Coquille Tribe Battles Rival Tribes Over Medford Casino Plans


In the bustling city of Medford, Oregon, a brewing conflict escalates. At the heart of this controversy are the ambitions of the Coquille Indian Tribe, who have vociferously voiced their discontent with the efforts by other tribes to hamper their plans for a casino.

Brenda Meade, vigorous chair of the Coquille tribe, pens a fiery op-ed piece on Oregon Live, critiquing her fellow tribal leaders for what she considers, “throwing tribal sovereignty under the bus”. The alleged motive behind such actions? A desperate bid to sustain their regional gaming monopolies.

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Earlier this year, in March, leaders of the Karuk, Cow Creek, Elk Valley, and Tolowa Dee-ni’ tribes, all proudly rooted in Oregon and Northern California, addressed a plea to Department of the Interior (DOI) Secretary Deb Haaland. Their request was to sink the Coquille’s aspiration of having land allotted for the casino taken into trust. Their missive cautioned about potential “devastating economic consequences” for their own gaming enterprises were the project to proceed.

The Coquille Tribe, proud owners of the Mill Casino located on their Coos Bay reservation, have been nursing plans for a humble gaming venue in Medford since 2011. Their application first graced the Department of Indian Affairs’ (BIA) desk in 2013. The tides appeared unfavorable in 2020 when the BIA, led by the Trump administration, forewent the application. However, the paperwork gained a second life under the Biden administration, citing that the previous decision was reached prematurely, preceding a completed environmental review. The Coquille’s wait for the BIA’s final verdict continues.

Meade, however, took offense to the suggestion by the four tribes that the Coquille were indulging in so-called “reservation shopping”. The implication suggested that the Coquille Tribe had strategically selected land distant from their original reservation that would lucratively maximize their return on casino investment. Meade vehemently contests this suggestion, accentuating the Coquille’s deep-rooted ancestral ties to the region.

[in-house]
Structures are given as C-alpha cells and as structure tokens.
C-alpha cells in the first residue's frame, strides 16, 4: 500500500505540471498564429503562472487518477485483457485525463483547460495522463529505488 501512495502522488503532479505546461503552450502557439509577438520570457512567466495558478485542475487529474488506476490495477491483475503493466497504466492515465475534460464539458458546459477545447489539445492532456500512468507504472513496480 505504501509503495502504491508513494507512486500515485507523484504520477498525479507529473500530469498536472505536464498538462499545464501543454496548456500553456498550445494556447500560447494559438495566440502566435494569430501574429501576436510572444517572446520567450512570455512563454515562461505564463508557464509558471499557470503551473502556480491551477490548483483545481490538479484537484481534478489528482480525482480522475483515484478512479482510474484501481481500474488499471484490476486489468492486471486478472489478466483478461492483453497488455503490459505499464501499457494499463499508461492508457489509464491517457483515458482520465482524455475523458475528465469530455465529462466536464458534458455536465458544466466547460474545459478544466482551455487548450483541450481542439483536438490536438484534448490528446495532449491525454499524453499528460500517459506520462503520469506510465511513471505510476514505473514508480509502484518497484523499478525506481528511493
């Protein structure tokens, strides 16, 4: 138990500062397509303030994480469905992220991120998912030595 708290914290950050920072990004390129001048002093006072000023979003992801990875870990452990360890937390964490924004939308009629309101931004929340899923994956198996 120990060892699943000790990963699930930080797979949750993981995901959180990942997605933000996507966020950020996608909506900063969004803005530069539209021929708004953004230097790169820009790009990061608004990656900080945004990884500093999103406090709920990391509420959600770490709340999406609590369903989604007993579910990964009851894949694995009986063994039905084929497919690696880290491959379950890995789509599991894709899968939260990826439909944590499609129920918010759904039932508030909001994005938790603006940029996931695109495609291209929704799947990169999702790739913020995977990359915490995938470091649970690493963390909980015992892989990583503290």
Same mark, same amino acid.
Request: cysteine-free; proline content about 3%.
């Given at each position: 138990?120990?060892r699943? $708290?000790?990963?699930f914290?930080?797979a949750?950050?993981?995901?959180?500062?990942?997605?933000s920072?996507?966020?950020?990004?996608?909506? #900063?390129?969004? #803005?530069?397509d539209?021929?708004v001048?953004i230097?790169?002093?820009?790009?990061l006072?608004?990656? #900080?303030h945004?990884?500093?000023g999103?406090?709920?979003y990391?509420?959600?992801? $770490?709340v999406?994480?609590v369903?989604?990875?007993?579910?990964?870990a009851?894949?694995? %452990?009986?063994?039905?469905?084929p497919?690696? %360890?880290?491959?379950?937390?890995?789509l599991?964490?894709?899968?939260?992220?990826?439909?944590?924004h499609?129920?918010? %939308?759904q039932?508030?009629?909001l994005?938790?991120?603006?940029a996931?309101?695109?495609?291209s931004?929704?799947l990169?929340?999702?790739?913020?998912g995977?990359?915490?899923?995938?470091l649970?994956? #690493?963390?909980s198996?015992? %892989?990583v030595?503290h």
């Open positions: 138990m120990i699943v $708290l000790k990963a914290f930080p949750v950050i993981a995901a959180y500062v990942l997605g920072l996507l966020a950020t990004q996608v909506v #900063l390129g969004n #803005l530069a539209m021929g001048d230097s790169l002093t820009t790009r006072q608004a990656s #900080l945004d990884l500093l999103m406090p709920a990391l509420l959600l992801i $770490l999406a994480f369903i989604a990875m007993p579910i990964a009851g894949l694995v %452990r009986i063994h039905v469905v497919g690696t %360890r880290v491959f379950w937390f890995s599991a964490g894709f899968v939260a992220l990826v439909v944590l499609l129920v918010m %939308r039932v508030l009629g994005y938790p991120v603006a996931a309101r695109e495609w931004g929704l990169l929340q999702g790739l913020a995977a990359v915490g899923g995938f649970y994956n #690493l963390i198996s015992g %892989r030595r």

Meade explains how in 1989, the Coquille Restoration Act recognized their tribe but did not return a contiguous area of land to them. Instead, it identified a specific locality where land could be taken into trust and potentially become part of their reservation. This covered areas inclusive of Coos County, home to their existing reservation, along with Jackson County (Medford), and multiple others. The designated counties, Meade argues, were not selected in an indiscriminate manner.

A tempest of political discord brews, spurred on by the labeling of “reservation shopping”. Lobbying forces, coupled with the sowing of misinformation and the prevalence of ignorance regarding tribal land, have agitated for prohibitions against alleged “reservation shopping” on both state and federal scales, Meade asserts. She presents a stern warning about the repercussions of such accusations, expressing concern about the possibly detrimental precedent for hundreds of other tribes diligently working towards legally rebuilding their reservations.

While Oregon Governor Tina Kotek has publically stated her opposition to the plan for a Medford casino, the final verdict rests firmly in the BIA’s hands, leaving her with no influence over the final decision. The development of this story continues to unfold, as the Coquille tribe stands tall, pushing back against political pressures and defending their right to expand within their ancestral territory.